Tuesday, March 6, 2007

Sweet Sorrow – Rosina Pie

I am not particularly fond of raisins. I can’t put my finger on it nor trace back the origin of my prejudice, but there it is. For those who are MAD for raisins, however, there is a recipe that is MADE for them, and I CAN trace back its origin. Rosina Pie (it sounds so wistfully far away, from another time, when photographs were tinted sepia and a weathered life showed on a weathered face) is a memory of my Pennsylvania Dutch (actually Deutsch) heritage. Rosina (which means raisin in German) is served traditionally after funeral services. Raisins, which are plentiful and store well, are an obvious choice, but there’s something more to it than just the practical; the pie is cloyingly sweet, which makes it the ideal comfort food. You can hardly think of anything else while you are eating it. There will be those farm cooks who will dispute my recipe as not truly traditional, since it doesn’t use egg or milk for a custard base, but both my mother and I remember the pie as similar in preparation, taste and texture to English mincemeat. My mother never had a recipe handed down to her. This is my version as I recall it from many years ago, faded by memory, tinted sepia.

Rosina Pie (aka Funeral Pie)

This recipe will make one deep-dish pie (pictured), but there is enough filling to make 2 regular sized pies. If you make 2 regular sized pies, you will need two recipes of pastry.


2 – 15 oz. boxes dark raisins
3 cups water
3 packed cups dark brown sugar
Juice and zest of 1 lemon
2 teaspoons your choice of very fresh ground cinnamon, cloves or nutmeg (plus ½ teaspoon for dusting crust)
2 tablespoons white granulated sugar
1 recipe pastry for double crust pie (your choice or recipe to follow)


In a large saucepan, combine raisins and water. Bring to boil, reduce heat and simmer for 15 minutes or until raisins are plump and soft. Drain raisins and set aside to cool, returning cooking liquid to saucepan. Add all the sugar, lemon juice, zest and your choice of spice to the raisin liquid in saucepan, stirring with a wooden or plastic spoon to mix well. Bring mixture to a boil, stirring occasionally for 30 minutes until the mixture starts to thicken into a syrup but not as thick as honey. The mixture will frequently threaten to boil over, so you do have to watch it and adjust the heat accordingly. Meantime, finely chop to a paste ½ the raisins in a food processor. Add them and all the whole raisins into the saucepan with the syrup, stirring well. Slowly boil for another 15 minutes. Remove from heat and allow to cool to room temperature. It will thicken even more and become sticky as it cools. It also needs to cool to prevent the crust (which will not be pre-baked) from getting soggy from a hot mixture.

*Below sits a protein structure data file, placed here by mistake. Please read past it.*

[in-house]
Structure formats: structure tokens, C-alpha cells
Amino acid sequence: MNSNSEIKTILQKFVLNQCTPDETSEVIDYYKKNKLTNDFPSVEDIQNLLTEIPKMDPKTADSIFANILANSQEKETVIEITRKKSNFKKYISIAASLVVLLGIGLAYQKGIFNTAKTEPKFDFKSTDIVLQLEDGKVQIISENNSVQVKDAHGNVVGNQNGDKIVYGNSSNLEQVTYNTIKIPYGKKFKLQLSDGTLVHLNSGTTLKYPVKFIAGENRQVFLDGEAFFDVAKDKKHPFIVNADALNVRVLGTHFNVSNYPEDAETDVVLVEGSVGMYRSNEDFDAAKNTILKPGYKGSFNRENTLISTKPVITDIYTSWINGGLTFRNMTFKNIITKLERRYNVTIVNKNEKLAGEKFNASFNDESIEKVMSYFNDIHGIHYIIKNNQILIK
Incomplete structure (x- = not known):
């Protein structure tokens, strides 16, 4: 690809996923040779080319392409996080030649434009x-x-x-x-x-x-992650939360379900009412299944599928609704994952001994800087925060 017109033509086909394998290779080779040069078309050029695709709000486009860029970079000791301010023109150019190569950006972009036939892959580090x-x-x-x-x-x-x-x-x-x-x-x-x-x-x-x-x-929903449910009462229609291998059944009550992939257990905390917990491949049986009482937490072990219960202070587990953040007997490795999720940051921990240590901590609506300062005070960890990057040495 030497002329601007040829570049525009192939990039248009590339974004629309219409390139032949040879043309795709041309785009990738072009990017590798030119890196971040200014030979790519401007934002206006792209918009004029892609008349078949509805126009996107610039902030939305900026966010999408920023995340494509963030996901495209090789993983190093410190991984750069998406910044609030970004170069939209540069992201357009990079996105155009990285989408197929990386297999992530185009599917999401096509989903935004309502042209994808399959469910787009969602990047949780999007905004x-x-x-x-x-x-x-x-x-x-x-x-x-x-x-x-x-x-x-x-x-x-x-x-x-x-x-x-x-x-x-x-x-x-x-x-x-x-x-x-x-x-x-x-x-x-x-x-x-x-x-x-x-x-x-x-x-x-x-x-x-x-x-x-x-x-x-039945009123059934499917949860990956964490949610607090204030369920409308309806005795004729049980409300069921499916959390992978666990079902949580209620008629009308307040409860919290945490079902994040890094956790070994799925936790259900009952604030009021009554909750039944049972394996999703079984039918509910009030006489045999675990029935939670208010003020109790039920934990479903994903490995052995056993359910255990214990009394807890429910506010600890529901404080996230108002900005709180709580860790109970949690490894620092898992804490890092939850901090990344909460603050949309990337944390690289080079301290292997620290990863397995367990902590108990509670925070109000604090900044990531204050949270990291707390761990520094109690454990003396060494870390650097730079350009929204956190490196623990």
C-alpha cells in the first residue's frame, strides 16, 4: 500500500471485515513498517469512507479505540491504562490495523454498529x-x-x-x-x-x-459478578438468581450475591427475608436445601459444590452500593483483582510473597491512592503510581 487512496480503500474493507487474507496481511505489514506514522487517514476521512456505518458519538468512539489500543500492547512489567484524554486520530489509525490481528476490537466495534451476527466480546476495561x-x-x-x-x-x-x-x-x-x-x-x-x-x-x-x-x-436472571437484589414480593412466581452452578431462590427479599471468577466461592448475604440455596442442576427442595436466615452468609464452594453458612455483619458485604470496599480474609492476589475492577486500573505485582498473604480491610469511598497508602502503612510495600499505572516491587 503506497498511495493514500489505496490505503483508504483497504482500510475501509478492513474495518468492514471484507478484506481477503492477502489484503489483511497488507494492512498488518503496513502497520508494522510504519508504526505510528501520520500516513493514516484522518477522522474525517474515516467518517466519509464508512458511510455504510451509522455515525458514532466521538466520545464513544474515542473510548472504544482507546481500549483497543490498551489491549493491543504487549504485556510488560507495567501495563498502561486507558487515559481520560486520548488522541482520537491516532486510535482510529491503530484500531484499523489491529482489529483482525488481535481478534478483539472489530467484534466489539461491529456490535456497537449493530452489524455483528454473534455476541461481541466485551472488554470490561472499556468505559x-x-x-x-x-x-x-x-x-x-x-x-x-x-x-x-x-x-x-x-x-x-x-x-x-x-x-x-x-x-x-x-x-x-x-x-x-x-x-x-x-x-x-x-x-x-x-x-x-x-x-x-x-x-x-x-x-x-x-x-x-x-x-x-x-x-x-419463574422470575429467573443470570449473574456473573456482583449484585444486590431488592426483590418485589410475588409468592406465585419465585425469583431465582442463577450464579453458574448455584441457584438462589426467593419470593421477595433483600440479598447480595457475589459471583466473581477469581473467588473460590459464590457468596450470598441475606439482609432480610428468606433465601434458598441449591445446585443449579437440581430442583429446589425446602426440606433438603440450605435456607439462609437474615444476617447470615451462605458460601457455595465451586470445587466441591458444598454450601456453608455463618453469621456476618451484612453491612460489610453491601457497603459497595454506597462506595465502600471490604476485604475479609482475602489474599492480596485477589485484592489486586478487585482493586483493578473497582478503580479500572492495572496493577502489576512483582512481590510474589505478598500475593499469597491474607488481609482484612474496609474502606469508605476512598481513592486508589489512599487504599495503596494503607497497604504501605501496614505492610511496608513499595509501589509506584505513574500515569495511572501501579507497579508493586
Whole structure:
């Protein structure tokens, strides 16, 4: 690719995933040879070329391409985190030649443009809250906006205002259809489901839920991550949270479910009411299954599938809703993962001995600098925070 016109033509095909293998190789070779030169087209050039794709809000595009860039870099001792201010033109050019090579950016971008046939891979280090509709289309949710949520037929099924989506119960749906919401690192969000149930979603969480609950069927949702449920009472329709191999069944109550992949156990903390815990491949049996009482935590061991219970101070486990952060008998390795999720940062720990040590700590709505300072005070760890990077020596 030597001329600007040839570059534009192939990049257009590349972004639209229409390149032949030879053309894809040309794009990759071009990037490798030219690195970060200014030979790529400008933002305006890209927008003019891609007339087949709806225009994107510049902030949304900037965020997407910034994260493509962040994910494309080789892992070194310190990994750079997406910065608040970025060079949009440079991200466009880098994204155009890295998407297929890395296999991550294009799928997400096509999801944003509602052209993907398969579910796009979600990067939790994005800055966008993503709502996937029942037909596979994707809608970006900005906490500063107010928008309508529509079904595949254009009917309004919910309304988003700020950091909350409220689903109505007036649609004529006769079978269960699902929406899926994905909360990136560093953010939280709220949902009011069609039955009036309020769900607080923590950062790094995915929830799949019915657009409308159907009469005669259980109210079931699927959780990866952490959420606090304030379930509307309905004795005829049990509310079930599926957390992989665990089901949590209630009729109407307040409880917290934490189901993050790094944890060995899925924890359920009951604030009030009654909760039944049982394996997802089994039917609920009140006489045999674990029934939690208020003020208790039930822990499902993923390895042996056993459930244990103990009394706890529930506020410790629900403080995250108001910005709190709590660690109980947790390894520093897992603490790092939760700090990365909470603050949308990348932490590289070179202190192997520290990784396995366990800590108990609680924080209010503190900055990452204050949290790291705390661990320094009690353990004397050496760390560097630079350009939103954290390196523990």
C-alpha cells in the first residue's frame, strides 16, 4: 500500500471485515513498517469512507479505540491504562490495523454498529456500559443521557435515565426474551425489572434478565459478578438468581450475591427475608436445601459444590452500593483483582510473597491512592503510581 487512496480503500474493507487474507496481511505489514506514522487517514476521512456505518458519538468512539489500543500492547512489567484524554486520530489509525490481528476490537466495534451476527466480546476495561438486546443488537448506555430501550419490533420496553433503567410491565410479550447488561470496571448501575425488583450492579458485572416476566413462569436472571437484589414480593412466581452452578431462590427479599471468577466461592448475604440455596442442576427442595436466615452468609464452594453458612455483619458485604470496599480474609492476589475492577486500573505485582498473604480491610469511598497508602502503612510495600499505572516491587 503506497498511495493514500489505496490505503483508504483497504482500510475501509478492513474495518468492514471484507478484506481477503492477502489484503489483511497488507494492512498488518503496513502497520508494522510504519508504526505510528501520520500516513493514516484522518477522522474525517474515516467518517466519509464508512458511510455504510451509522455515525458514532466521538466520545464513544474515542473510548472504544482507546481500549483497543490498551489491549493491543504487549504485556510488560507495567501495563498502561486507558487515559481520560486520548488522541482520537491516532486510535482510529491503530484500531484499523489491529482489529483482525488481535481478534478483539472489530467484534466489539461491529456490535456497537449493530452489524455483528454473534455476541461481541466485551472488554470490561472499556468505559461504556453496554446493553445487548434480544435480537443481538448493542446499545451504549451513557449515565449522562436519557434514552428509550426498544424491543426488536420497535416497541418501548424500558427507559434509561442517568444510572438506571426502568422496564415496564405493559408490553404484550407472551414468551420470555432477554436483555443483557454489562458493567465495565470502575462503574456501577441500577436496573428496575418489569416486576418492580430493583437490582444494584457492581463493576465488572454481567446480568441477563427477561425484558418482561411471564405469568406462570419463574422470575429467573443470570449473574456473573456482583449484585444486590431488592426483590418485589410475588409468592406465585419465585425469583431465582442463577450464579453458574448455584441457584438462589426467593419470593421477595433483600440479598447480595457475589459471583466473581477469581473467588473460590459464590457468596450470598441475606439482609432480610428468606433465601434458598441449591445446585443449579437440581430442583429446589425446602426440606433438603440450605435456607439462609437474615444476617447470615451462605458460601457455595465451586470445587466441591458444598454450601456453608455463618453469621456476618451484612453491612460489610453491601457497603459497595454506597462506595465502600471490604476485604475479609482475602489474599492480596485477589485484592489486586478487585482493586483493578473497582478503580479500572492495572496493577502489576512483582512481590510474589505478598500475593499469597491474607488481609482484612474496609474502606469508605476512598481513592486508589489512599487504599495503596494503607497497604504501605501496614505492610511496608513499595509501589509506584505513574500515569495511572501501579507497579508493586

Preheat oven to 350°. Prepare pastry. Roll out bottom crust and arrange in pie pan, making sure you have overhang around the rim. Fill with raisin mixture. Roll out top crust and arrange over filled pie shell allowing overhang again. Carefully lift both edges of pie dough tucking top dough under the bottom to create a very thick rustic edge. Pinch the edge with your fingers to flute or gently press down with tines of fork. Slit top crust to allow steam to escape and strew lightly with granulated white sugar.

Place the pie on a stable cookie sheet and position in middle of preheated oven. Bake for 45 minutes. If you are making smaller pies, 45 minutes is approximately enough. A deep dish will require ¼ to ½ hour longer. The pie is done when the crust is medium to dark golden brown and the filling bubbles up through the slits in the top crust.

Remove from oven, dusting with spice of your choice. Allow to cool to room temperature before cutting. The first cut will be very juicy. Filling will firm up nicely overnight.

Pastry (Adapted from Betty Groff’s recipe)


2 ½ Cups All Purpose White Flour
½ Stick Butter
½ Cup Vegetable Shortening
Ice Water


Cut or rub between fingers butter and shortening into flour until it resembles coarse meal. Add water a little at a time, tossing & folding with a rubber spatula between additions. As you continue to add, toss and fold small amounts of water, press the mixture with the spatula against the bowl until the dough can easily form a ball. Use as much ice water as you need. It is better the dough be moister than dry; dry dough will not roll out evenly. Transfer dough onto a well-floured rolling surface, gently shaping into an even ball. Cut the ball in ½ and reserve in plastic wrap for the top crust. Roll the bottom crust large enough so that you have overhang when you fit it in pie pan. Roll top crust in same manner. --


  1. Susan, lovie - Why is this also known as Funeral Pie? I am fine with raisins, and the mincemeat comparison has got me primed with a fork, ready to attack a slice. It actually seems like a great alternative to have at Christmas if one has not taken enough time out to make his or her own mincemeat. I'm dog-earing this page for Christmas, just in case.

  2. Hi, Shaun. It's served at funerals because it's so horrifically sweet that you cannot feel your grief while you are eating it. It's like trying to keep two disparate thoughts going at same time - can't be done. In truth, it's probably no sweeter than mincemeat, but since it has no distracting nuts or other fruit, the sugar almost stings.

    That's a great idea for Xmas; mincemeat can be such a chore with all that grinding of ingredients. I have a leftover tub of it in the freezer, waiting for its second coming this year. There was no way I was going to let all that work go to waste.